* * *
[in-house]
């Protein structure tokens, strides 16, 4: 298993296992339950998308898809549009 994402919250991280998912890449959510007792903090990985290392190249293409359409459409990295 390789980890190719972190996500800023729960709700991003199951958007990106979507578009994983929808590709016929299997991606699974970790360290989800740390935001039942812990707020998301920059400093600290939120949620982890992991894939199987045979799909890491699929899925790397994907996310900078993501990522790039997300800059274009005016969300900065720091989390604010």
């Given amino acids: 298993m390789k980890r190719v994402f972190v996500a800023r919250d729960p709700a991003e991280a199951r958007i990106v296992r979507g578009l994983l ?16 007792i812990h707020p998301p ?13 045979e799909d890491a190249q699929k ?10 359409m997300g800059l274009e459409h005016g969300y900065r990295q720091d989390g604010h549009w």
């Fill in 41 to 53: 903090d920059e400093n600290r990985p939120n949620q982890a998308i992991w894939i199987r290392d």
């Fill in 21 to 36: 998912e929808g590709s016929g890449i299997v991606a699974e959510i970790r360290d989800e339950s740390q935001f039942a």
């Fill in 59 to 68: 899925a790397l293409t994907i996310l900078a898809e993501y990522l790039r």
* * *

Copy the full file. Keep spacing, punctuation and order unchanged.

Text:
[in-house]
């Protein structure tokens, strides 16, 4: 298993296992339950998308898809549009 994402919250991280998912890449959510007792903090990985290392190249293409359409459409990295 390789980890190719972190996500800023729960709700991003199951958007990106979507578009994983929808590709016929299997991606699974970790360290989800740390935001039942812990707020998301920059400093600290939120949620982890992991894939199987045979799909890491699929899925790397994907996310900078993501990522790039997300800059274009005016969300900065720091989390604010």
């Given amino acids: 298993m390789k980890r190719v994402f972190v996500a800023r919250d729960p709700a991003e991280a199951r958007i990106v296992r979507g578009l994983l ?16 007792i812990h707020p998301p ?13 045979e799909d890491a190249q699929k ?10 359409m997300g800059l274009e459409h005016g969300y900065r990295q720091d989390g604010h549009w």
């Fill in 41 to 53: 903090d920059e400093n600290r990985p939120n949620q982890a998308i992991w894939i199987r290392d």
């Fill in 21 to 36: 998912e929808g590709s016929g890449i299997v991606a699974e959510i970790r360290d989800e339950s740390q935001f039942a």
């Fill in 59 to 68: 899925a790397l293409t994907i996310l900078a898809e993501y990522l790039r």